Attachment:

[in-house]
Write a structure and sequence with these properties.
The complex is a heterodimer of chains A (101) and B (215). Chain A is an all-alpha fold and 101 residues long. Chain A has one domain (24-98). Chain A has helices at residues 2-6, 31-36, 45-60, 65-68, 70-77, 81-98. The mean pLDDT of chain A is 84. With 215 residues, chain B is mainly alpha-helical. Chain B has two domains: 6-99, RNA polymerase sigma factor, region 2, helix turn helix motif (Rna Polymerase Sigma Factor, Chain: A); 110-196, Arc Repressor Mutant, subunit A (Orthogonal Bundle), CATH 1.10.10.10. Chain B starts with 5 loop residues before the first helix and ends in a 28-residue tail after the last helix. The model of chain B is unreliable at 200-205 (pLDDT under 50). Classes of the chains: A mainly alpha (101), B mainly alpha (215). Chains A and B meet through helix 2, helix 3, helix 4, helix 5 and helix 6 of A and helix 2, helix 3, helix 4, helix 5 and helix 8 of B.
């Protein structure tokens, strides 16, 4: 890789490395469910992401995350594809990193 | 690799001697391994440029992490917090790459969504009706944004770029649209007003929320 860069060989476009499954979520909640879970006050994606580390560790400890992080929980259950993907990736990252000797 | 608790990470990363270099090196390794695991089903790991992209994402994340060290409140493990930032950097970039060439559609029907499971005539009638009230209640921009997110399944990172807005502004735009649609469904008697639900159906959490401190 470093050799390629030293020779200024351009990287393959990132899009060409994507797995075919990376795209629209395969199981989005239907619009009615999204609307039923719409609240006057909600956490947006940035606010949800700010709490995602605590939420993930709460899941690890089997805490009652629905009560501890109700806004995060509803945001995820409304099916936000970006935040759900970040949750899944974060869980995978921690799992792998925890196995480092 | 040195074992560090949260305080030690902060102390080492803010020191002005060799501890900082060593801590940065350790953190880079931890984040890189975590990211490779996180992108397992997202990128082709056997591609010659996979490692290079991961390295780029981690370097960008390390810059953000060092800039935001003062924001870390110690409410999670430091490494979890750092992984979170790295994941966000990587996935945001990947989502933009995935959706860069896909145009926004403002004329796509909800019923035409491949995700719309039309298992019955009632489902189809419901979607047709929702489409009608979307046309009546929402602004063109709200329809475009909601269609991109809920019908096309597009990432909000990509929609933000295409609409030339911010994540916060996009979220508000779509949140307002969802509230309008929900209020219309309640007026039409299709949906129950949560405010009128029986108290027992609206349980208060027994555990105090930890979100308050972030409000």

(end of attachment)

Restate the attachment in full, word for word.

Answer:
[in-house]
Write a structure and sequence with these properties.
The complex is a heterodimer of chains A (101) and B (215). Chain A is an all-alpha fold and 101 residues long. Chain A has one domain (24-98). Chain A has helices at residues 2-6, 31-36, 45-60, 65-68, 70-77, 81-98. The mean pLDDT of chain A is 84. With 215 residues, chain B is mainly alpha-helical. Chain B has two domains: 6-99, RNA polymerase sigma factor, region 2, helix turn helix motif (Rna Polymerase Sigma Factor, Chain: A); 110-196, Arc Repressor Mutant, subunit A (Orthogonal Bundle), CATH 1.10.10.10. Chain B starts with 5 loop residues before the first helix and ends in a 28-residue tail after the last helix. The model of chain B is unreliable at 200-205 (pLDDT under 50). Classes of the chains: A mainly alpha (101), B mainly alpha (215). Chains A and B meet through helix 2, helix 3, helix 4, helix 5 and helix 6 of A and helix 2, helix 3, helix 4, helix 5 and helix 8 of B.
């Protein structure tokens, strides 16, 4: 890789490395469910992401995350594809990193 | 690799001697391994440029992490917090790459969504009706944004770029649209007003929320 860069060989476009499954979520909640879970006050994606580390560790400890992080929980259950993907990736990252000797 | 608790990470990363270099090196390794695991089903790991992209994402994340060290409140493990930032950097970039060439559609029907499971005539009638009230209640921009997110399944990172807005502004735009649609469904008697639900159906959490401190 470093050799390629030293020779200024351009990287393959990132899009060409994507797995075919990376795209629209395969199981989005239907619009009615999204609307039923719409609240006057909600956490947006940035606010949800700010709490995602605590939420993930709460899941690890089997805490009652629905009560501890109700806004995060509803945001995820409304099916936000970006935040759900970040949750899944974060869980995978921690799992792998925890196995480092 | 040195074992560090949260305080030690902060102390080492803010020191002005060799501890900082060593801590940065350790953190880079931890984040890189975590990211490779996180992108397992997202990128082709056997591609010659996979490692290079991961390295780029981690370097960008390390810059953000060092800039935001003062924001870390110690409410999670430091490494979890750092992984979170790295994941966000990587996935945001990947989502933009995935959706860069896909145009926004403002004329796509909800019923035409491949995700719309039309298992019955009632489902189809419901979607047709929702489409009608979307046309009546929402602004063109709200329809475009909601269609991109809920019908096309597009990432909000990509929609933000295409609409030339911010994540916060996009979220508000779509949140307002969802509230309008929900209020219309309640007026039409299709949906129950949560405010009128029986108290027992609206349980208060027994555990105090930890979100308050972030409000």